Phillip B Messersmith8
Jeffrey L Dalsin3
8Phillip B Messersmith
3Jeffrey L Dalsin
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The adhesive strategy of the gecko relies on foot pads composed of specialized keratinous foot-hairs called setae, which are subdivided into terminal spatulae of approximately 200 nm (ref. 1). Contact between the gecko foot and an opposing surface generates adhesive forces that are sufficient to allow the gecko to cling onto vertical and even inverted(More)
3,4-Dihydroxyphenylalanine (DOPA) residues are known for their ability to impart adhesive and curing properties to mussel adhesive proteins. In this paper, we report the preparation of linear and branched DOPA-modified poly(ethylene glycol)s (PEG-DOPAs) containing one to four DOPA endgroups. Gel permeation chromatography-multiple-angle laser light(More)
A new biomimetic strategy for modification of biomaterial surfaces with poly(ethylene glycol) (PEG) was developed. The strategy exploits the adhesive characteristics of 3,4-dihydroxyphenylalanine (DOPA), an important component of mussel adhesive proteins, to anchor PEG onto surfaces, rendering the surfaces resistant to cell attachment. Linear(More)
  • Bruce P Lee, P B Messersmith, J N Israelachvili, J H Waite
  • 2011
Mussels attach to solid surfaces in the sea. Their adhesion must be rapid, strong, and tough, or else they will be dislodged and dashed to pieces by the next incoming wave. Given the dearth of synthetic adhesives for wet polar surfaces, much effort has been directed to characterizing and mimicking essential features of the adhesive chemistry practiced by(More)
Due to the increasing needs for organ transplantation and a universal shortage of donated tissues, tissue engineering emerges as a useful approach to engineer functional tissues. Although different synthetic materials have been used to fabricate tissue engineering scaffolds, they have many limitations such as the biocompatibility concerns, the inability to(More)
A synthetic mimic of mussel adhesive protein, dopamine-modified four-armed poly(ethylene glycol) (PEG-D4), was combined with a synthetic nanosilicate, Laponite (Na(0.7+)(Mg5.5Li0.3Si8)O20(OH)4)(0.7-)), to form an injectable naoncomposite tissue adhesive hydrogel. Incorporation of up to 2 wt % Laponite significantly reduced the cure time while enhancing the(More)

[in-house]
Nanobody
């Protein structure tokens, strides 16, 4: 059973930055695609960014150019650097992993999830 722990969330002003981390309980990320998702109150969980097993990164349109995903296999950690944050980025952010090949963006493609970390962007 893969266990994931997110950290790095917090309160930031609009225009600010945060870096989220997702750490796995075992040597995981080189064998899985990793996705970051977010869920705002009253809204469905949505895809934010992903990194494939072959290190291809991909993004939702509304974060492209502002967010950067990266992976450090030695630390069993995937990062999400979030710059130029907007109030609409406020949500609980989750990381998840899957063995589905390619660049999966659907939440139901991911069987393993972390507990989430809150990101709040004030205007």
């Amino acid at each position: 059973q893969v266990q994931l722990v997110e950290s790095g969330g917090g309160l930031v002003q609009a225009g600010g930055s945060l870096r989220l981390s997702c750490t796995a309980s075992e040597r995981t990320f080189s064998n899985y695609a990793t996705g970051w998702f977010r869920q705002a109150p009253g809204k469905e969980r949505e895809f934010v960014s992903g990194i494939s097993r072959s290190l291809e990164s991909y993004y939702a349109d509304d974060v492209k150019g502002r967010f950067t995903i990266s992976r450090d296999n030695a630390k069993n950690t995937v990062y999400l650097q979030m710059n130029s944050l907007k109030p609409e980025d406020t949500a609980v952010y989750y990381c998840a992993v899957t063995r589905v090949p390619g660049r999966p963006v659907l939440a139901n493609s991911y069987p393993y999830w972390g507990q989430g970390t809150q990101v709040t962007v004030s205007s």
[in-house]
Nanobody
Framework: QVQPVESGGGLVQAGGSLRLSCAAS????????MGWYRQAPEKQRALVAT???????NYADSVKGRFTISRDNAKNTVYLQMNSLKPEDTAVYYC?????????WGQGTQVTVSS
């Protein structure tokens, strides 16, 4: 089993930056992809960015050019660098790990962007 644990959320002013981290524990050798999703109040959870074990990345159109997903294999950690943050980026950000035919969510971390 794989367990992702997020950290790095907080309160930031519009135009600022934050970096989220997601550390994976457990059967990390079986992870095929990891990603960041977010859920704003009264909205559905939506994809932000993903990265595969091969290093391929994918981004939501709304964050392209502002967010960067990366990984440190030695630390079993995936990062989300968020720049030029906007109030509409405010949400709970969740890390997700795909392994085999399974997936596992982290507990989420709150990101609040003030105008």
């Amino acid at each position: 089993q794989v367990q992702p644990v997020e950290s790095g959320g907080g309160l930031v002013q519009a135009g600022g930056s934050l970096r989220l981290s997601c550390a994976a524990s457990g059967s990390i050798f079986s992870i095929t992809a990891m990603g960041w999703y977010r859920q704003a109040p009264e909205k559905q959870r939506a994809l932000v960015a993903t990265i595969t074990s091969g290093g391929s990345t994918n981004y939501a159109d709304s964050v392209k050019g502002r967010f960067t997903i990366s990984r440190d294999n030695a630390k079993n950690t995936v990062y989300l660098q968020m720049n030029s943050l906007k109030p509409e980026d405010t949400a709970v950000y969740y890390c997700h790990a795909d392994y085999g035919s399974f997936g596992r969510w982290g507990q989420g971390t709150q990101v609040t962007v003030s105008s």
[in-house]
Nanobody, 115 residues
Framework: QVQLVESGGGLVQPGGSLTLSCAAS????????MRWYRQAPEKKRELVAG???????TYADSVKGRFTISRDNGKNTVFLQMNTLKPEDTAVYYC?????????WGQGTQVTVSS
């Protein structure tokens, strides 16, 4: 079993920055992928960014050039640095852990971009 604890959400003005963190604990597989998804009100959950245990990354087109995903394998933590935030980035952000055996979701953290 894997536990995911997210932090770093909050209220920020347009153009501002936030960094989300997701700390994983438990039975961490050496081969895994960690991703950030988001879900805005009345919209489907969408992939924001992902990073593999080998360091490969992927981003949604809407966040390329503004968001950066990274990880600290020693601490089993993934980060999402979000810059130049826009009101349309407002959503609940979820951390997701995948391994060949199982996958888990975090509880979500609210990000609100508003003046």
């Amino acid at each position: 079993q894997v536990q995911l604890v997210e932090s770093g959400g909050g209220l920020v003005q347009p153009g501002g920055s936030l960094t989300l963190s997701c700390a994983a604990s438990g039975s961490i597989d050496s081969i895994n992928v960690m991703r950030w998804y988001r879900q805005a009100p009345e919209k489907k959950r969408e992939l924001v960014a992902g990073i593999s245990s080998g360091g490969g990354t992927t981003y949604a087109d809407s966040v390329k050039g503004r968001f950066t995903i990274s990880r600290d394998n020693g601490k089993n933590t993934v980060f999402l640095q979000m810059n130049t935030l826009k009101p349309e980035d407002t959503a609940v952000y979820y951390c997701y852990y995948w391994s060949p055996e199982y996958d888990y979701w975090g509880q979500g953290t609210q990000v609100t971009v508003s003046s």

The remarkable underwater adhesion strategy employed by mussels has inspired bioadhesives that have demonstrated promise in connective tissue repair, wound closure, and local delivery of therapeutic cells and drugs. While the pH of oxygenated blood and internal tissues is typically around 7.4, skin and tumor tissues are significantly more acidic.(More)
Aqueous biocompatible tribosystems are desirable for a variety of tissue-contacting medical devices. L-3,4-dihydroxyphenylalanine (DOPA) and lysine (K) peptide mimics of mussel adhesive proteins strongly interact with surfaces and may be useful for surface attachment of lubricating polymers in tribosystems. Here, we describe a significant improvement in(More)
L-3,4-Dihydroxyphenylalanine (DOPA) is an unusual amino acid found in mussel adhesive proteins (MAPs) that is believed to lend adhesive characteristics to these proteins. Most previous efforts to incorporate DOPA into hydrogels have utilized oxidative cross-linking, which is hypothesized to reduce the adhesive properties of DOPA and requires reagents that(More)
3,4-Dihydroxyphenyl-L-alanine (DOPA) is an unusual amino acid found in mussel adhesive proteins (MAPs) that is believed to lend adhesive characteristics to these proteins. In this paper, we describe a route for the conjugation of DOPA moieties to poly(ethylene oxide)-poly(propylene oxide)-poly(ethylene oxide) (PEO-PPO-PEO) block copolymers. Hydroxyl end(More)